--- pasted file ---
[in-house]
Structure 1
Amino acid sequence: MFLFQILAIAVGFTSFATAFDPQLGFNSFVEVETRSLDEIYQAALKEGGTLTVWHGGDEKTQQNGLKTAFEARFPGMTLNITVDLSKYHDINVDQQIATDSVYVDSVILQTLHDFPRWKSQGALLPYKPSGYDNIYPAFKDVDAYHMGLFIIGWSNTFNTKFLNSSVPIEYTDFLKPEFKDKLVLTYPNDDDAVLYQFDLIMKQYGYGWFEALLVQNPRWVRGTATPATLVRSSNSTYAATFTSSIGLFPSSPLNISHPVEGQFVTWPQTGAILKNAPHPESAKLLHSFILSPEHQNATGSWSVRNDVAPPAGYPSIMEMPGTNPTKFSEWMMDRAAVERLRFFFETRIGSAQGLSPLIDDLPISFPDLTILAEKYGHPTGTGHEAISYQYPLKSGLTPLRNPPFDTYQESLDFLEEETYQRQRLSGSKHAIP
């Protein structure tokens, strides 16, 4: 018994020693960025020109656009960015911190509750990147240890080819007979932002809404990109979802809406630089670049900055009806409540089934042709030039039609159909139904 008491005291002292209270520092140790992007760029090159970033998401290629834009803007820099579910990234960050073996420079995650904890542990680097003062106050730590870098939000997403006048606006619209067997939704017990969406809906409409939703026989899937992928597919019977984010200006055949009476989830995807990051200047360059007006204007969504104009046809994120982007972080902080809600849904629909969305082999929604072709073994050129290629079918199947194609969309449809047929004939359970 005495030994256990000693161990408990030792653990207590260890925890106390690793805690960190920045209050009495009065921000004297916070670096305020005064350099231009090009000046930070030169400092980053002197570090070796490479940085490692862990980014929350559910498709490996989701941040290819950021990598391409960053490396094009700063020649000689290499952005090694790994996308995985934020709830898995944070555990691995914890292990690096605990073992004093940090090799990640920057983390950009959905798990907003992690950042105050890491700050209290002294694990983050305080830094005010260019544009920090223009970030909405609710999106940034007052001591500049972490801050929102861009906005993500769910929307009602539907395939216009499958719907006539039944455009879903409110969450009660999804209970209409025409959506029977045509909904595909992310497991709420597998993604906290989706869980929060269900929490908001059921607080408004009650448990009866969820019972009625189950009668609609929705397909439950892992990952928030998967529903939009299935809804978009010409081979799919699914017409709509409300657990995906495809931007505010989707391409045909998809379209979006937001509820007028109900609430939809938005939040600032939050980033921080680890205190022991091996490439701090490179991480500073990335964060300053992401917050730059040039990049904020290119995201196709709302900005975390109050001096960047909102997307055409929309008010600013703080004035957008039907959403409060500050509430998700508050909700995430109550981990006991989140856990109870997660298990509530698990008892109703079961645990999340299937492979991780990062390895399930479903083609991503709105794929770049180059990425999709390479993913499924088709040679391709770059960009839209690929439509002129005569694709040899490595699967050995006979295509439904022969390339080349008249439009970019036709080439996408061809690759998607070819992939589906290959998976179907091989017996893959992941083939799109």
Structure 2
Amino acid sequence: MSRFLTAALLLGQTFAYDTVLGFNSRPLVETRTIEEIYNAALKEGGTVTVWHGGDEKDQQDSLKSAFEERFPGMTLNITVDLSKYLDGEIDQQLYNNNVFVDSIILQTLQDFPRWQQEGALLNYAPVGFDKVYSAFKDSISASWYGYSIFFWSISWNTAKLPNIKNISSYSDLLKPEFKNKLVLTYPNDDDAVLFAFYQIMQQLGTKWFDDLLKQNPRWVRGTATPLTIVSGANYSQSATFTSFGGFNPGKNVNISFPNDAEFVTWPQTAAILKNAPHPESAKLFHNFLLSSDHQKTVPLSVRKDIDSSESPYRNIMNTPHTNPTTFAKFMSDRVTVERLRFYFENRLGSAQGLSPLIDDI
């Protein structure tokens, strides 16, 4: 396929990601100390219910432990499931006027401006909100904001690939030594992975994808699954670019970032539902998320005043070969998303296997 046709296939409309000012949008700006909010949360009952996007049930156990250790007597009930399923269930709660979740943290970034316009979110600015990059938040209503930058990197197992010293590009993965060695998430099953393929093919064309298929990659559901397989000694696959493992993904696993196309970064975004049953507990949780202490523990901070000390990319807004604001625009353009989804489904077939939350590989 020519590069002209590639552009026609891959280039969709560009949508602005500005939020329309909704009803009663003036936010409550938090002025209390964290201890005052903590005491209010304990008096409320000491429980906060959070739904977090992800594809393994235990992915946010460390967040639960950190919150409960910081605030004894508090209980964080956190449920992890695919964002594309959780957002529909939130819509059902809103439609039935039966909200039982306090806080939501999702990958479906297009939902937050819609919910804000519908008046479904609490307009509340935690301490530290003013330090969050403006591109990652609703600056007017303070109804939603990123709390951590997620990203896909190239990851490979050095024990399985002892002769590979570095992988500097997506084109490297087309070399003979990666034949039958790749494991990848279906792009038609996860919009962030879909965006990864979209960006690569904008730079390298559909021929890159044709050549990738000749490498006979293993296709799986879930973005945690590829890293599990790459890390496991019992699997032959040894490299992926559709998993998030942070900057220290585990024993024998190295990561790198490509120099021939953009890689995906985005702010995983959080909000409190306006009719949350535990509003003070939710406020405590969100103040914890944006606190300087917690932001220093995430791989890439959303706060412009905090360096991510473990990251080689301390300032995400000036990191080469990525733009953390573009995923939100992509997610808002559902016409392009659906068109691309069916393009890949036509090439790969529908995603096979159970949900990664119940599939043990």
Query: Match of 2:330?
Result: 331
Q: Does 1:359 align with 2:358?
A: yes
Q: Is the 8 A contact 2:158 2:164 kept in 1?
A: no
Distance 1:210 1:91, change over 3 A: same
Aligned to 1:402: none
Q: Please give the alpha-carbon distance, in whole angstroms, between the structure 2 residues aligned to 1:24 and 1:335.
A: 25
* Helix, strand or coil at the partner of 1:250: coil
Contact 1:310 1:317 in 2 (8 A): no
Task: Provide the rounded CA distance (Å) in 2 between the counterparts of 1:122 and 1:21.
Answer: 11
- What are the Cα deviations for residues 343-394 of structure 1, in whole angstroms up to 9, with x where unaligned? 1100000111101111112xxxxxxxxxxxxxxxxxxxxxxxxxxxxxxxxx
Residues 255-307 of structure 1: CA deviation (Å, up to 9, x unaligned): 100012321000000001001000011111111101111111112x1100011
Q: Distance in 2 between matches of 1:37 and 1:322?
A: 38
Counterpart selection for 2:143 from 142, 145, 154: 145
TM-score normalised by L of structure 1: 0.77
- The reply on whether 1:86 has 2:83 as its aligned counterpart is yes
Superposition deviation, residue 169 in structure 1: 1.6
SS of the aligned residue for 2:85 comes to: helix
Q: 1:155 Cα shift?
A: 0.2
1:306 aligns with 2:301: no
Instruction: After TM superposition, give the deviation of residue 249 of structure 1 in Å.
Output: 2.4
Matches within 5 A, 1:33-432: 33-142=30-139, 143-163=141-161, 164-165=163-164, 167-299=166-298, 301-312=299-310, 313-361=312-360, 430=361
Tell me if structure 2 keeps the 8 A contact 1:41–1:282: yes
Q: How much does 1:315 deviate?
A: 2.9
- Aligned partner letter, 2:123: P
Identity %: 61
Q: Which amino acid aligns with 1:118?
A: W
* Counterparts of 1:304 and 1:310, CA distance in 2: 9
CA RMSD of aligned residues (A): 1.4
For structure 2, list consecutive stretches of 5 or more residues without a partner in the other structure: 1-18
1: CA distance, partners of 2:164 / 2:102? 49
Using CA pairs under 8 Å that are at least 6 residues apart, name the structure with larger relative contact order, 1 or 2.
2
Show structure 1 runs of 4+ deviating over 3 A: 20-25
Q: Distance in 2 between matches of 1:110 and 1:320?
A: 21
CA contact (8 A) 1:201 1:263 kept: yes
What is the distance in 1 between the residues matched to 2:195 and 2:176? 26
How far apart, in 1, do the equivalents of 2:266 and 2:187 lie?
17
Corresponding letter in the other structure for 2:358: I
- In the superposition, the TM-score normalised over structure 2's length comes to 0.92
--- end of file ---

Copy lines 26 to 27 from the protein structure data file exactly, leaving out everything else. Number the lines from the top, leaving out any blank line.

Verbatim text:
Counterpart selection for 2:143 from 142, 145, 154: 145
TM-score normalised by L of structure 1: 0.77